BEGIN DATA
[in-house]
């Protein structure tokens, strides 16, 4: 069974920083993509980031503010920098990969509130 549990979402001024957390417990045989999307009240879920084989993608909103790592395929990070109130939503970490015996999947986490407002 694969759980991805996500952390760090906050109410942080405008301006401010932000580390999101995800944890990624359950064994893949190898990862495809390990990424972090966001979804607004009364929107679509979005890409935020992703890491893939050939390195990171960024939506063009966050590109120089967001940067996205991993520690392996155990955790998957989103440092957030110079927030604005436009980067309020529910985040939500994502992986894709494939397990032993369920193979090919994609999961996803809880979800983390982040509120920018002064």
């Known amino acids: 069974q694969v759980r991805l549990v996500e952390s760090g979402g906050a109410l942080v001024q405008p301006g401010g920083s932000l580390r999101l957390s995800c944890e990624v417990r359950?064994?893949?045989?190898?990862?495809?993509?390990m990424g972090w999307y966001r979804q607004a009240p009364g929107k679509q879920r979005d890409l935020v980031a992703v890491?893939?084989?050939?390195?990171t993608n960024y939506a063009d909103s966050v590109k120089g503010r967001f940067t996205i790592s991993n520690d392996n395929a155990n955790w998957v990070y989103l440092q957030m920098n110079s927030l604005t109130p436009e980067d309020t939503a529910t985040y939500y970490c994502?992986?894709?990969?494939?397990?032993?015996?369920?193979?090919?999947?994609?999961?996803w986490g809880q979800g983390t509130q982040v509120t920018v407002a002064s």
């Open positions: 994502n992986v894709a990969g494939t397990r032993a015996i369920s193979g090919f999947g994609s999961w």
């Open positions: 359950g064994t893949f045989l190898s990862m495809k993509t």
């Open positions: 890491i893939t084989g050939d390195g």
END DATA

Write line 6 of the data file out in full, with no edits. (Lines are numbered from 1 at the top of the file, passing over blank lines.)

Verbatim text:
């Open positions: 890491i893939t084989g050939d390195g």